Critics v bloggers


Writing in the blogosphere can feel like being a settler in a strange new country: still defining its boundaries, we are eager to make peace treaties but also hungry for new land. Earlier this week I described the ways in which offline and online publishing are working together; after attending the Blogging the Classics debate at the Oxford Literary Festival on Monday, I have a similar and related question. Can academic literary criticism find a place in social media?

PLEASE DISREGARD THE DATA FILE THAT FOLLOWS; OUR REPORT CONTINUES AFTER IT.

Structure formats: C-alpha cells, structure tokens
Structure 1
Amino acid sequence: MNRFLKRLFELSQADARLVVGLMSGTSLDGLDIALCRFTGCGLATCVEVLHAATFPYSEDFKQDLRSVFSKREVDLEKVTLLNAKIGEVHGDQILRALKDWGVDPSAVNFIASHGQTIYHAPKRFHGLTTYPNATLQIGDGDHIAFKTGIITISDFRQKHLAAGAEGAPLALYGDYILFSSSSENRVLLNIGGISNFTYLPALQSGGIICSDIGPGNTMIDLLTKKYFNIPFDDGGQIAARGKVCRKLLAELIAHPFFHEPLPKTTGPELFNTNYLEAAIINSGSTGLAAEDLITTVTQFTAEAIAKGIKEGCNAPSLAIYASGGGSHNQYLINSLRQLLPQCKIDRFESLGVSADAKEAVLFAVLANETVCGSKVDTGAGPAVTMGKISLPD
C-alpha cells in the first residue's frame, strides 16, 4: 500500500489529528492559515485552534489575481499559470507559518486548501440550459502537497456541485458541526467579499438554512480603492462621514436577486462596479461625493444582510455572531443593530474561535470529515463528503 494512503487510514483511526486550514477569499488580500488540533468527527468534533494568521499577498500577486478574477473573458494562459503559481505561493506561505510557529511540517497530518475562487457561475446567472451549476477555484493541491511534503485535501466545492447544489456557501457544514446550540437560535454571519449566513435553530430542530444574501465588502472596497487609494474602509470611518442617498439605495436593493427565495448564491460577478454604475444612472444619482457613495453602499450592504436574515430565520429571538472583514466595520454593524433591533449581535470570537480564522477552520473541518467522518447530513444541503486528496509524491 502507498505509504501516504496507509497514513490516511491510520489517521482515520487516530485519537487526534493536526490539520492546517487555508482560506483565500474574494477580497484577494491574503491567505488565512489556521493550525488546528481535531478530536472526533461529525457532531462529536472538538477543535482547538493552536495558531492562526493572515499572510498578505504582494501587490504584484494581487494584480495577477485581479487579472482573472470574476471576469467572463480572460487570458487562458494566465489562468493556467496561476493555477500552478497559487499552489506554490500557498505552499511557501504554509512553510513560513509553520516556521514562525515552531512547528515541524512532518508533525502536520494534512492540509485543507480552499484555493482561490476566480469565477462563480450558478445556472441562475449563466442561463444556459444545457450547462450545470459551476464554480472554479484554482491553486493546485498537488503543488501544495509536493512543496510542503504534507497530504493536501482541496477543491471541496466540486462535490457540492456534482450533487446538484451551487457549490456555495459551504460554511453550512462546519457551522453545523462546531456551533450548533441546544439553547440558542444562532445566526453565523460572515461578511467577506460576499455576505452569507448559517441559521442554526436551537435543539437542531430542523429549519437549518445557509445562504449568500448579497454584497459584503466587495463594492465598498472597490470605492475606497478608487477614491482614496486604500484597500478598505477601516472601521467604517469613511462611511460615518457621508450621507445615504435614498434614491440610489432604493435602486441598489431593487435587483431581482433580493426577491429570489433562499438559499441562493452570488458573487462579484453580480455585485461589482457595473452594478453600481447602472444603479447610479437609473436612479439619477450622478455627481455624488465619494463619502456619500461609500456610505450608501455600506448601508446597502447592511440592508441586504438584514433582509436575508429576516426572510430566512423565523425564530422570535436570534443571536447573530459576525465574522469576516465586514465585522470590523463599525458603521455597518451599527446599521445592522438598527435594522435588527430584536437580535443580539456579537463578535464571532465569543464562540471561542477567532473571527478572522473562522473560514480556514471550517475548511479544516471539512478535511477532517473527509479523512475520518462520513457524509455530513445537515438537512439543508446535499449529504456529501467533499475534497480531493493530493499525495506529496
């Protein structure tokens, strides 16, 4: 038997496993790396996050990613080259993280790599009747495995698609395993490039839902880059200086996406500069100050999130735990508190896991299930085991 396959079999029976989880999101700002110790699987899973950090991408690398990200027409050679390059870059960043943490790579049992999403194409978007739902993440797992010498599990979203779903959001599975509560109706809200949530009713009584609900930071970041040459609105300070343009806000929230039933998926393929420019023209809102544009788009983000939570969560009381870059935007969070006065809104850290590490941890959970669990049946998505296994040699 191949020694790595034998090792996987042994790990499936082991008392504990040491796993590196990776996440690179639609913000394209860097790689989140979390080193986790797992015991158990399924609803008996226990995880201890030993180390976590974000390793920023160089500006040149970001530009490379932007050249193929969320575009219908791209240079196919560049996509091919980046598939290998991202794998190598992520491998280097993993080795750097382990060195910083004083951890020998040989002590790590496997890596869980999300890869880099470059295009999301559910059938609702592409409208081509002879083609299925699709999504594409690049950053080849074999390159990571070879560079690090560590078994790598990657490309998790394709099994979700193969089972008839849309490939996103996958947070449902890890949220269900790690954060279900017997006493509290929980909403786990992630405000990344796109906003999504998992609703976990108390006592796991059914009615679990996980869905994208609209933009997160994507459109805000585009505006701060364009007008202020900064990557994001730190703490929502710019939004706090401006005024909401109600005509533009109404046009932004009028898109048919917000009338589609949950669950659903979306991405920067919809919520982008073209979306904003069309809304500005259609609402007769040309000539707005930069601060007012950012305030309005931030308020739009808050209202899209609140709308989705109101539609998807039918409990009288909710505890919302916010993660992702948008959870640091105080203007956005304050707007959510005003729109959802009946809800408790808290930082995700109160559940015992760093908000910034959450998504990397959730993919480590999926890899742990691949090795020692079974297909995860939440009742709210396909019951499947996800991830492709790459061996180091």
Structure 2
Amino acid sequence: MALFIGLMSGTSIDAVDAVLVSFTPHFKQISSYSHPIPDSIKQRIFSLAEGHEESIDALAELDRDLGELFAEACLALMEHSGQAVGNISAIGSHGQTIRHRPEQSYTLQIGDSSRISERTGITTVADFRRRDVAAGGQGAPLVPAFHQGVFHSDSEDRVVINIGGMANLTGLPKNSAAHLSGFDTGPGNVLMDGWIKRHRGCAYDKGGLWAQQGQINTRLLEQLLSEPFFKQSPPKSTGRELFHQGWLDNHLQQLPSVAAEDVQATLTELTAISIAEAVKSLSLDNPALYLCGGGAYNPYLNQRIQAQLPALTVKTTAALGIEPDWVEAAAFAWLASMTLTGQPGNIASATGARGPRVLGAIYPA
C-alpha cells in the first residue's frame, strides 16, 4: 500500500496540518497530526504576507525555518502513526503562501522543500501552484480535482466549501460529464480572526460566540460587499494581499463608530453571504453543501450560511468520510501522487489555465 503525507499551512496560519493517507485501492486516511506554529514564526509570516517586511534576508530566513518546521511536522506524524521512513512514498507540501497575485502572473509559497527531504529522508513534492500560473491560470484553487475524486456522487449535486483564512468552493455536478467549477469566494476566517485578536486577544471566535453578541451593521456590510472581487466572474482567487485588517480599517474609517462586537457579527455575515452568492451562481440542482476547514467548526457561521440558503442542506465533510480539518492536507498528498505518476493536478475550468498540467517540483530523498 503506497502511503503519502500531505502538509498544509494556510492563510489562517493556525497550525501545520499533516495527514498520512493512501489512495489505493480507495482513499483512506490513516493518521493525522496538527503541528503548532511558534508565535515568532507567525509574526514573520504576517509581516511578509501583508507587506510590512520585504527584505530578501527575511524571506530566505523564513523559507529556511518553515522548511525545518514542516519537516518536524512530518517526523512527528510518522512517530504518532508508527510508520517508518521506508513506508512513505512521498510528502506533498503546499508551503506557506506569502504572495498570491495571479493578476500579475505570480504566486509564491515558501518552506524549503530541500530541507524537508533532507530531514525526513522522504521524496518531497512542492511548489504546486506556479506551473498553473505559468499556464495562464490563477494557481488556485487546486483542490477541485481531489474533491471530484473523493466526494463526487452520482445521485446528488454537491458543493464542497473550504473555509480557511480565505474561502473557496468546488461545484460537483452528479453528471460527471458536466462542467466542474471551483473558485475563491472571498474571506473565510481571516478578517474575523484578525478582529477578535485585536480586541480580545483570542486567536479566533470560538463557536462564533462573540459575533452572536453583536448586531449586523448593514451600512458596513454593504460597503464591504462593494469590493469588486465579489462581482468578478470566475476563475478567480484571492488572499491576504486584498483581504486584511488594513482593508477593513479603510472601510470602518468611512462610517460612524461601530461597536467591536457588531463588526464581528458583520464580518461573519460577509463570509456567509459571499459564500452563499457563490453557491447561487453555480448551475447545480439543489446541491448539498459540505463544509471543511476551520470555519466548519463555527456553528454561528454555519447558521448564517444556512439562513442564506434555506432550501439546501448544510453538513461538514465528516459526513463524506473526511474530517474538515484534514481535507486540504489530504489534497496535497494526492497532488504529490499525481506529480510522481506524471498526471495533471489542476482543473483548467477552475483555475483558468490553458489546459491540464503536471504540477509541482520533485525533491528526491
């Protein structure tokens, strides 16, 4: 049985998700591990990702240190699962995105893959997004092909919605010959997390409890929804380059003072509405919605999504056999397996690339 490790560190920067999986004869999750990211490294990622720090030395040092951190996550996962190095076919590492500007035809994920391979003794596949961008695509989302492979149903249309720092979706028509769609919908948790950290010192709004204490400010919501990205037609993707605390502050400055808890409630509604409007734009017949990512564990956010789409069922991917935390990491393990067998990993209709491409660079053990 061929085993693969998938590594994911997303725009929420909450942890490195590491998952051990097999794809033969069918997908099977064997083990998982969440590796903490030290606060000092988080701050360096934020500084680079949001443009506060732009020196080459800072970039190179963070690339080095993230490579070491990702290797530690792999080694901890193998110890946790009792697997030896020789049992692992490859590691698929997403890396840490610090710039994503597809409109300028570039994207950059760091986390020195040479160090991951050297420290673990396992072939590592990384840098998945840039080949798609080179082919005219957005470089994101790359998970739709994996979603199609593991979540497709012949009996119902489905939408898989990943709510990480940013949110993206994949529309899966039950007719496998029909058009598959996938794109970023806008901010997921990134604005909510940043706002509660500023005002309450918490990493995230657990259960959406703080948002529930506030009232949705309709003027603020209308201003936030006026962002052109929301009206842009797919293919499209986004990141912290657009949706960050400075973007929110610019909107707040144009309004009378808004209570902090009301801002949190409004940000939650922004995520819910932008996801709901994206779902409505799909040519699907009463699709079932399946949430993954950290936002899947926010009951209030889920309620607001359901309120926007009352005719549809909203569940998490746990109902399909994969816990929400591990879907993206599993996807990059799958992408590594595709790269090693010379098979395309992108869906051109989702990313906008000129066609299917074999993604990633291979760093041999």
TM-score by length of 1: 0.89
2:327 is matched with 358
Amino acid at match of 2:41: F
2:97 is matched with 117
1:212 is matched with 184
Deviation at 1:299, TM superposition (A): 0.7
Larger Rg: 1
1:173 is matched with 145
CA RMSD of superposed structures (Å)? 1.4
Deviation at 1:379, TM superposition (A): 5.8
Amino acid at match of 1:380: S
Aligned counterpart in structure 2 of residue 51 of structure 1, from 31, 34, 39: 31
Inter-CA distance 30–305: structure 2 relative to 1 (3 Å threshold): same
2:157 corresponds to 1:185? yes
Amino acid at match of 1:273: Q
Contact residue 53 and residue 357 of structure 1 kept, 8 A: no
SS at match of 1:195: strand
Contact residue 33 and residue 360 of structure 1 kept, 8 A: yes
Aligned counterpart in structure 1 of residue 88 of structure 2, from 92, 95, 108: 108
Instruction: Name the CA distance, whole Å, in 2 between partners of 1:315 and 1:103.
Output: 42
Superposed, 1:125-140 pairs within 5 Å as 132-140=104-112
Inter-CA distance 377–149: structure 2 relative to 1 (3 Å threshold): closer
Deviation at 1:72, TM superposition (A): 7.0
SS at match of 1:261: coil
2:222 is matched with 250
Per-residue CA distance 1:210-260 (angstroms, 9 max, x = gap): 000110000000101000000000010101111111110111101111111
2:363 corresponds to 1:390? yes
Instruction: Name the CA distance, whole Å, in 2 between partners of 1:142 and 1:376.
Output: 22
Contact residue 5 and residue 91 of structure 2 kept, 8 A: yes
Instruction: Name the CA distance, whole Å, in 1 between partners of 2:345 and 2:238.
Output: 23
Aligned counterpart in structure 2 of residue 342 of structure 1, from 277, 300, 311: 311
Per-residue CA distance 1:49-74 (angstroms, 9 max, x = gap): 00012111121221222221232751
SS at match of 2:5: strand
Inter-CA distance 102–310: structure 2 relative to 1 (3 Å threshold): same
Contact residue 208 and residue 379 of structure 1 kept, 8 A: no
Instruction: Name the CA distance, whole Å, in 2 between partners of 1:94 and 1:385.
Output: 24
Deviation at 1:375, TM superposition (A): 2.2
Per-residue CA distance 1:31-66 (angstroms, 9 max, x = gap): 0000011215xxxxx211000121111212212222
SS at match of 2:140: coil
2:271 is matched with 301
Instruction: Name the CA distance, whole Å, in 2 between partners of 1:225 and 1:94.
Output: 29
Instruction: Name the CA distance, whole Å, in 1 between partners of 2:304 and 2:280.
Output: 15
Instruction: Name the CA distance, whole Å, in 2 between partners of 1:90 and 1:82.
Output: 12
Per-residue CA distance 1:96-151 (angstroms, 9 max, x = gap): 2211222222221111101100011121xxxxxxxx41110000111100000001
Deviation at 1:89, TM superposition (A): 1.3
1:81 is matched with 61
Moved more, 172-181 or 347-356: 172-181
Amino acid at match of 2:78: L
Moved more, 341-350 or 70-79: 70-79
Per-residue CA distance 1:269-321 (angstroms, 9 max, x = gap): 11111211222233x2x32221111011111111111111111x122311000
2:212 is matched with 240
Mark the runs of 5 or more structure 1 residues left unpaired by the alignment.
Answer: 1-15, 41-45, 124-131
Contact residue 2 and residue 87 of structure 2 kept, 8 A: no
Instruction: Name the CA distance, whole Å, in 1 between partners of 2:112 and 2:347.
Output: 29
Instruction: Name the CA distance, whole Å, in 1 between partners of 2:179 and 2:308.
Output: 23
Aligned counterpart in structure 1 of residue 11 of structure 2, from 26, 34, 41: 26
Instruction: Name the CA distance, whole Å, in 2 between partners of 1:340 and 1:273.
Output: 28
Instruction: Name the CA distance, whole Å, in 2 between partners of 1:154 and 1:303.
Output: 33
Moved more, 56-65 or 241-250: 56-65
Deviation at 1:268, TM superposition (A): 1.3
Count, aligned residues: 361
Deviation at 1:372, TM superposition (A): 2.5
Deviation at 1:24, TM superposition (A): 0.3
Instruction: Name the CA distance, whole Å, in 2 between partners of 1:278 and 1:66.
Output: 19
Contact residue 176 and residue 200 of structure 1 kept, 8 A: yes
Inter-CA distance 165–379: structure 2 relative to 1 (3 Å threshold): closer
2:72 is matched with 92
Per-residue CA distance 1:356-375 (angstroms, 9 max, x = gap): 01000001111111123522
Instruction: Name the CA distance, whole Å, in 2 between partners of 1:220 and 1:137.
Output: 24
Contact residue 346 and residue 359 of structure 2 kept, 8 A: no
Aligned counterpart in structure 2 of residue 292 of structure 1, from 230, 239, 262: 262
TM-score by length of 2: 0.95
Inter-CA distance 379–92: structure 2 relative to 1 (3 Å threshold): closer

The Oxford panel pitted the Guardian's own critic and UCL professorJohn Mullan against bloggers Mark Thwaite of ReadySteadyBook.comand Lynne Hatwell of Dovegreyreader, with John Carey as chairman. Mullan made an incontrovertible case for the value of the professional academic critic as a specialist: a native guide through the jungle of literary theory and history; a mechanic familiar with the engine of fiction; and an eloquent, accessible illuminator of half-realised truths. Hatwell positioned herself on the opposite pole, highlighting a blogger's value as a tiggerish common reader, generous and criticism-averse, an enthusiastic amateur gladly given an unexpected audience. Thwaite put himself somewhere between the two, as an everyman intellectual encouraging both high and lowbrow book talk online.